His View – The ‘miracle’ and the village

March 29, 2010


I’ll start by apologising to Laura for not posting as regularly, or if truth be told at all for some time.  

Let me first address the ‘miracle’.  It depends on what you class as a miracle.  As a scientist I do not believe in miracles in the traditional sense i.e. a wheelchair bound, blind person springing to their feet like a lamb in springtime being able to see all the colours of the rainbow again due to divine inspiration.  I know many people do, including people in my own faith and that is fair enough and to each their own, but I personally do not.  As for the uniform appearing out of nowhere, it must have been overlooked the first time, or was placed there after being found elsewhere– it did not appear out of nowehere.

Having said that, I do believe miracles of sorts do occur in our everyday lives, it’s just that we stop seeing them and put them down to chance or coincidence.  The miracle that I believe did occur with the uniforms was personal to that particular boy, who would have gone home without a uniform and would not have known the feeling of wearing something with pride, a symbol of his and his families aspirations.  The fact that a simple uniform gave him that feeling to me at least is miraculous.


Villages to my mind are a quaint communities in the English countryside, with thatched roofs and country lanes, perhaps a local post office and a local pub.  Of course in India I wasn’t imagining the above, but (and maybe naively) was imagning small huts with warm, welcoming,  and glowing lights.  They should all have doors at least shouldn’t they?

Wrong and wrong again.  Laura has described the conditions of the villages perfectly, but like she says, the descriptions don’t do it justice.  To start with the road, or lack of road, path or any other mendium by which a veichle travels from A to B was alarmingly absent, which meant we had to walk, no wait..hike.

En route we were given tales of snake bites, and tiger maulings  and subsequent mortalities by the entourage.  As I double checked my combats were tucked into my boots, I noticed that Laura was doing much better than me and was not in the least perturbed by these tales of death.  I also notices a some sticks, mud and crud in the distance and was pondering on the route around the obstacle when Nagendra pointed out that, that was in fact the village.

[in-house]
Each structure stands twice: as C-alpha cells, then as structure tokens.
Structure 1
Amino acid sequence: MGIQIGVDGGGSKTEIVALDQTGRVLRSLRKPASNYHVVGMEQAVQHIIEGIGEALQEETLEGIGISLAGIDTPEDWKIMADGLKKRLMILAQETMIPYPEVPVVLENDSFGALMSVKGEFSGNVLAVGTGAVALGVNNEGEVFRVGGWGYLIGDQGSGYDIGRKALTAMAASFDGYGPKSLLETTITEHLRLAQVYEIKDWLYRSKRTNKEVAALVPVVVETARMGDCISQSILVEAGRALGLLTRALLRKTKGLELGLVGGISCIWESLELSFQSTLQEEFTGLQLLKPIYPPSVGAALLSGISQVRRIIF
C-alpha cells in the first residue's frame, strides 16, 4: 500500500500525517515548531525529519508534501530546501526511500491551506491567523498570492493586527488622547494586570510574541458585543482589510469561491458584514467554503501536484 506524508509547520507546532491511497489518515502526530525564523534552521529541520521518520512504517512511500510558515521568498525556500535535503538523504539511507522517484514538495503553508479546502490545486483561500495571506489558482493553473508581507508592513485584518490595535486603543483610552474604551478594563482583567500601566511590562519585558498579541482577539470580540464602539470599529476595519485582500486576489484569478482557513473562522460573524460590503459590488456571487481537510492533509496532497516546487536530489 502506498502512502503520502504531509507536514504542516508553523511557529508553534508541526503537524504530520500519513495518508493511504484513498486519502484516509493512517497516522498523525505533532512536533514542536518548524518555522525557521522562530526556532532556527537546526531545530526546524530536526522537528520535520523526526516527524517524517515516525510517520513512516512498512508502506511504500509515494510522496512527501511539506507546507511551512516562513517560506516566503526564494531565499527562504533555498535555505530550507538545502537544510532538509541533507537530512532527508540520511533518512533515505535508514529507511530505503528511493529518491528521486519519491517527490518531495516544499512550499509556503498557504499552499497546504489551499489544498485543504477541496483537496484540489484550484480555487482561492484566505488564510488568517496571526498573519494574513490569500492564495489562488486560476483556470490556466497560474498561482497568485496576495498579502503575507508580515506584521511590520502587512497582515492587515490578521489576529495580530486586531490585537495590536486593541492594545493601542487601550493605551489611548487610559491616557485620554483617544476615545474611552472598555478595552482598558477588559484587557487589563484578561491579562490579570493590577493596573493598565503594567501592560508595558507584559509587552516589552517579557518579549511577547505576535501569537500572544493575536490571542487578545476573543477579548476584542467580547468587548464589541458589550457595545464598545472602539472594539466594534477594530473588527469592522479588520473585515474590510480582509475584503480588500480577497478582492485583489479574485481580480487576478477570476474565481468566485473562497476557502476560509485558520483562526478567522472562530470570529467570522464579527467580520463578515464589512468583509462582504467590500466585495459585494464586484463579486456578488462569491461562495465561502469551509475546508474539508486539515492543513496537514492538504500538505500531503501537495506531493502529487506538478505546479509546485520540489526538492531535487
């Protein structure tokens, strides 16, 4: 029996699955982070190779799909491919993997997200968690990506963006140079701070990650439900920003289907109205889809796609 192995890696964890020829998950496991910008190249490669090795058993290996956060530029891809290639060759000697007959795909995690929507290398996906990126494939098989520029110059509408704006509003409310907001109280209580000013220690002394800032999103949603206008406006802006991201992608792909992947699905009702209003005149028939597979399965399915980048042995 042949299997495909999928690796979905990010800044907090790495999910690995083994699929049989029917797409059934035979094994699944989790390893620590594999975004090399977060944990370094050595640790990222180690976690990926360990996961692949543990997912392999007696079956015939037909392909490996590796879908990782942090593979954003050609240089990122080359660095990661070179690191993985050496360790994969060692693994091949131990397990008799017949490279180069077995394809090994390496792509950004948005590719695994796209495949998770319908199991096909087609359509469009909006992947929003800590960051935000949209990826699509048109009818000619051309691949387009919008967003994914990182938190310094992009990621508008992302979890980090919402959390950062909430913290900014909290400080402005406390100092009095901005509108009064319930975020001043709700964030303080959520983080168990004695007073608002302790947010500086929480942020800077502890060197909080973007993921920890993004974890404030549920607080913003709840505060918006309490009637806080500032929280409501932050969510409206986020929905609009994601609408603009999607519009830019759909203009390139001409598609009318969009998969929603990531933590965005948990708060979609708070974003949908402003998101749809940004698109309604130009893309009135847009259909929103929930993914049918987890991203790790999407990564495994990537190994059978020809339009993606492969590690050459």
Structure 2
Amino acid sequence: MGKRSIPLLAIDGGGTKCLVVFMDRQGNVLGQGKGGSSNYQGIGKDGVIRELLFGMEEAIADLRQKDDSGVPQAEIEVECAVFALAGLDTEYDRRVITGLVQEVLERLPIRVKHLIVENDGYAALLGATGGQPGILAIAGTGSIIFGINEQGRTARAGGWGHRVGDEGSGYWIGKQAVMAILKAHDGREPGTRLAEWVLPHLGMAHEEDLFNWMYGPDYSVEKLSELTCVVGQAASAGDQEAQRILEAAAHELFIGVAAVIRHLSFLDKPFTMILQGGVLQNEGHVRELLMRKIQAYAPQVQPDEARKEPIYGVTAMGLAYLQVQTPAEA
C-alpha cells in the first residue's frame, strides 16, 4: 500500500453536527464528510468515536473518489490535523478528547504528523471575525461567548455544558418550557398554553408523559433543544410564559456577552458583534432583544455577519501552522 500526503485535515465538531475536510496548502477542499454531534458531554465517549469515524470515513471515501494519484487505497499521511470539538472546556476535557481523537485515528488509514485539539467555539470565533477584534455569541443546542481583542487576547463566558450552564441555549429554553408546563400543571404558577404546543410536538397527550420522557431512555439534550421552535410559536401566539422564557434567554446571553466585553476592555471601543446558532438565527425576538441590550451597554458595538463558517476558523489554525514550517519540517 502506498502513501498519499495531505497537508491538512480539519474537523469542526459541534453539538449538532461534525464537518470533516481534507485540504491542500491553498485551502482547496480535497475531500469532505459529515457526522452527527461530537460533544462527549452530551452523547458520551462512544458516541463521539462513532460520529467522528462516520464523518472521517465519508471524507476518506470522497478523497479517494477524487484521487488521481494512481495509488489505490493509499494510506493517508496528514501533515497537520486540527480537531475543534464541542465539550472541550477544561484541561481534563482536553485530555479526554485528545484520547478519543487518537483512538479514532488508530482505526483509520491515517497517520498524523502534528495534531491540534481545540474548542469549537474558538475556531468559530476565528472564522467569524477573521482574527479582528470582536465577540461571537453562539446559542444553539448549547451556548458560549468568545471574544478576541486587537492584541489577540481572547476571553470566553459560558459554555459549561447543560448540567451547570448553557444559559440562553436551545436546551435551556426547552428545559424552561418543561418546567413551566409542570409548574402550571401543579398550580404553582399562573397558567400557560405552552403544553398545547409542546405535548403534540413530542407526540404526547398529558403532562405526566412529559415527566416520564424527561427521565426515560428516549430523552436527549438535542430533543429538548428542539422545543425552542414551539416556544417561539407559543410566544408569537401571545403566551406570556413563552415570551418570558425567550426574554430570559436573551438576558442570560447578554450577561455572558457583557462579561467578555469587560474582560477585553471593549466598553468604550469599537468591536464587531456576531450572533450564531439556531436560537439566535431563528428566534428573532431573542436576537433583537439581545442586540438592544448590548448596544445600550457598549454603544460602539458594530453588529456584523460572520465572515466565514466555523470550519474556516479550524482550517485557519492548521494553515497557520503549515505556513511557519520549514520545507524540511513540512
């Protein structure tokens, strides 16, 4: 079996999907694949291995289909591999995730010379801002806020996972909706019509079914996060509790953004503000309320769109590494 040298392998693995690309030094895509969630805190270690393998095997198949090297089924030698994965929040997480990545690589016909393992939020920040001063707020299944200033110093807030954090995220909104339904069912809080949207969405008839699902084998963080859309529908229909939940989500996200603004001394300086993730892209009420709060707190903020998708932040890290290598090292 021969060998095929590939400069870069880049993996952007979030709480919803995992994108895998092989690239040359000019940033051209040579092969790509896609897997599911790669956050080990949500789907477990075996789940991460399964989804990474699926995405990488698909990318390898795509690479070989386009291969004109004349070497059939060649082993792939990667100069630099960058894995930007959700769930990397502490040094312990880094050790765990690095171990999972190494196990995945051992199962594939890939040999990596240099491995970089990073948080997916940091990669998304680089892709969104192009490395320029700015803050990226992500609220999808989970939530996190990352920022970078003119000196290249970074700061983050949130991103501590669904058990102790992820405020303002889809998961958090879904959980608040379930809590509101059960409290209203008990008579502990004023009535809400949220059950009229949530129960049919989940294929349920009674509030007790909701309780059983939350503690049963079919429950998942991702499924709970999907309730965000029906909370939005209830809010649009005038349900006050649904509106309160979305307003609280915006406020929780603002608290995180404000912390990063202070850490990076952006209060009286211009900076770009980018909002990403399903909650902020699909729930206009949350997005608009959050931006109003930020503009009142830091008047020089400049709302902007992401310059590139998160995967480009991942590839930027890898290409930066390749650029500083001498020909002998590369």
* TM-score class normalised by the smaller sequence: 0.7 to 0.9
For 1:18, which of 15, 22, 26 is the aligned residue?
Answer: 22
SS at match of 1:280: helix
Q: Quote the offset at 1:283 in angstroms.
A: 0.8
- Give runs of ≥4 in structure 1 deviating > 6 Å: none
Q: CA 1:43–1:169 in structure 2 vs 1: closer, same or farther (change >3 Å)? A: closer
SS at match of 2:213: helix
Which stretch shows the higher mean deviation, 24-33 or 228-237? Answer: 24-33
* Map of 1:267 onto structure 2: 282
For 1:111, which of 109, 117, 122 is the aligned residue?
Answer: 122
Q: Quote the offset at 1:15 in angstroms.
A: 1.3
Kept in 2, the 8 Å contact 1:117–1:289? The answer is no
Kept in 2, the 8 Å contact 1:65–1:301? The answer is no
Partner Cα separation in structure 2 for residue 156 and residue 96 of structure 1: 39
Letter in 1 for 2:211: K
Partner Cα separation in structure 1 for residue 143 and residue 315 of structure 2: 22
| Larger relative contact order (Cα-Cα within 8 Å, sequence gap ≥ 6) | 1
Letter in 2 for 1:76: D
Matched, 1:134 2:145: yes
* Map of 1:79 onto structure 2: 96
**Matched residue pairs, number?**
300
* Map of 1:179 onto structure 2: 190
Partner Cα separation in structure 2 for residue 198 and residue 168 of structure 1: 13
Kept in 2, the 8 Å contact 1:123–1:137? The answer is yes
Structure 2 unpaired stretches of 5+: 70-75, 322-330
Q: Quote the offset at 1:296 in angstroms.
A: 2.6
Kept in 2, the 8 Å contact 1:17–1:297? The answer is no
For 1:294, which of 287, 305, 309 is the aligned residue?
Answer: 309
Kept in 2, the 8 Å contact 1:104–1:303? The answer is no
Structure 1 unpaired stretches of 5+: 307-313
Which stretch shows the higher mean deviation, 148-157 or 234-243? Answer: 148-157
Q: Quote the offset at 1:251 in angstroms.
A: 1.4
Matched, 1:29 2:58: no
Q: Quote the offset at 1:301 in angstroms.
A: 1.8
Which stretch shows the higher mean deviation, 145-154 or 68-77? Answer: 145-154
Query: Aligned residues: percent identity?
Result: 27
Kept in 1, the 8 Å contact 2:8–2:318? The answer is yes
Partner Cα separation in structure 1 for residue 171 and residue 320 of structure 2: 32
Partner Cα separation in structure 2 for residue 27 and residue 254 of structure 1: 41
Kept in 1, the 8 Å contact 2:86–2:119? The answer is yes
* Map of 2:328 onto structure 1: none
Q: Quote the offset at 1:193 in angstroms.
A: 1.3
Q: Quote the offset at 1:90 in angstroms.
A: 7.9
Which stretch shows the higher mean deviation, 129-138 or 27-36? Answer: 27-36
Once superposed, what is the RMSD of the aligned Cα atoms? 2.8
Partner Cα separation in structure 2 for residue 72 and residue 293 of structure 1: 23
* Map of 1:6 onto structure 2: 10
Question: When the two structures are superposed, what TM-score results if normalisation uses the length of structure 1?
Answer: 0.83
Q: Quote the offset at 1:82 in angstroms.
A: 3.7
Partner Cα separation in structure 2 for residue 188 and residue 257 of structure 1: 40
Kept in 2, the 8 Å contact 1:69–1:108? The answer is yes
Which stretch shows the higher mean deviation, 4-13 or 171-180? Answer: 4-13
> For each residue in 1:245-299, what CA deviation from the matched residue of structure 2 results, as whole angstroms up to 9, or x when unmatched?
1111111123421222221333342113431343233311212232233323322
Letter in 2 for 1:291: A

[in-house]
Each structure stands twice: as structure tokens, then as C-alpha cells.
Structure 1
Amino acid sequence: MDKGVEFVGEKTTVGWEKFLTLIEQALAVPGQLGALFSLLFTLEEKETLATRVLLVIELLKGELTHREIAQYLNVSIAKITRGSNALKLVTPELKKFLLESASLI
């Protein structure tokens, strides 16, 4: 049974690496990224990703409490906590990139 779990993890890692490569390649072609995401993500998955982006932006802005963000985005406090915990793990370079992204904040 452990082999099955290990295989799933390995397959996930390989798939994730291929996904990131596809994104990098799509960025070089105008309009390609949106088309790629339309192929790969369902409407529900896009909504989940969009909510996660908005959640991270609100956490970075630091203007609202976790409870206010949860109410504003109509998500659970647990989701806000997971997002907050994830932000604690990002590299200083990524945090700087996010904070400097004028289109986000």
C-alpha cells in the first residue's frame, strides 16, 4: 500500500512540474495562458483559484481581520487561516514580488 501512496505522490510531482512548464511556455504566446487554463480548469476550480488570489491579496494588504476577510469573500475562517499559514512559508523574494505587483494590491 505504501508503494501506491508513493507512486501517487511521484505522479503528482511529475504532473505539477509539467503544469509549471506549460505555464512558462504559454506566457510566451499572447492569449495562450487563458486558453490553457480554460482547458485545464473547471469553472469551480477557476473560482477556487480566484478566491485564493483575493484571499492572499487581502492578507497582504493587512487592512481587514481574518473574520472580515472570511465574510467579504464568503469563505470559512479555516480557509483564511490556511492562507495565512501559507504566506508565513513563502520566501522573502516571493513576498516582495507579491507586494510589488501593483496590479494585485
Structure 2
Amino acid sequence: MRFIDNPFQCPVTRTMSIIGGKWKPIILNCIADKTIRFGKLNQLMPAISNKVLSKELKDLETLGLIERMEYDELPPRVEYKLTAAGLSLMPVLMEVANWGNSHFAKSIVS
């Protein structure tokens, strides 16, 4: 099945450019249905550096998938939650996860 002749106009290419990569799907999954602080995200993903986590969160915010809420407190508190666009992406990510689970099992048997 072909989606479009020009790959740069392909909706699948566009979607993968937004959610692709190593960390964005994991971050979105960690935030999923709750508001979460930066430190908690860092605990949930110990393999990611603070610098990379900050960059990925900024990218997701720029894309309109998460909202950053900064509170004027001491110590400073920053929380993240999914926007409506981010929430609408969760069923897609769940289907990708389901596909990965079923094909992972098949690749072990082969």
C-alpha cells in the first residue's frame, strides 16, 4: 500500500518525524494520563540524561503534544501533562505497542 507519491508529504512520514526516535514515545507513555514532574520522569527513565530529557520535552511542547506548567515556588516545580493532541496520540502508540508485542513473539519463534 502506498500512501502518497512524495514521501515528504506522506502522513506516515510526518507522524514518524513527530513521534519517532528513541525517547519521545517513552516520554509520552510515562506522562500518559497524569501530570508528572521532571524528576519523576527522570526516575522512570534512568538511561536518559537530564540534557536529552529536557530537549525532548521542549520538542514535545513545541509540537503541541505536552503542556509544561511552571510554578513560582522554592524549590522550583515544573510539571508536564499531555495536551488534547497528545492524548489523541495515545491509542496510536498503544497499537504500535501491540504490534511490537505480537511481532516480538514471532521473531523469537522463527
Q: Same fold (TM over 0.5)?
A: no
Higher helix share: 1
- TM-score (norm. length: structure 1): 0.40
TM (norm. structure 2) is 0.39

The huts, had no windows, no doors and no electricity.  The people were poor by indian standards, and thats poor.  They were covered in lesions, malnurished and looked broken.  Alarmingly I noticed that cows were living next door to their owners, but that was soon clarified, they were in fact living with their owners, because the animals were being eaten by tigers if they weren’t secured in.  Ah ok, makes sense, thats alright then.

I realise this sounds pompous, and reading like I and indeed we, are better than them.  This is not what I mean at all.  These people were warm, friendly and welcomming, in fact the warmest reception and send off I have ever received, if these people like you, they fall in love with you.  The problem was, and is that they are desperately poor and lacking in resources, including education.

The villagers were all gathered waiting for us, sat squatted in the only area of the village that could hold 30 odd people.  The men were bust organising whilst the women cradled babies and covered their faces. 

I had come with armed with a plan, to talk about malarial prevention which, went out the window initially as we talked about health & hygiene, washing hands, and covering up open wounds.  At one point a woman came forward and asked Laura to hold her eplieptic child, so to cure her.  The villagers believed that to be held by a white person is good luck, and healing.  I thought it strange and uncomfortable, although Laura of course obliged, i’m sure she felt the same way but you could never tell.

After we had completed the talk and demonstrations, Laura handed out bandages and toothbrushes that she brought from Canada and of course the people were thrilled, thanks again to her church.  Finally we were escorted by the village elders to the ‘road’ out.  One older man, infact the chap in the glasses in the below picture said ‘thank you so much for comming, you have given so much, I will now clear the shit from the road so you don’t have to come accross it’.  We hadn’t really done anything, but it just goes to show the appreciation for a little bit of time and attention which these people have done without for so long.

The experience brought home to me how valuable education is, and how I had taken a good education for granted for so long–and I think that is true for alot of people in developed countries, we forget that that there are people out there that would give their right arm for an education.  These people are hungry, hungry for anything we can give them.


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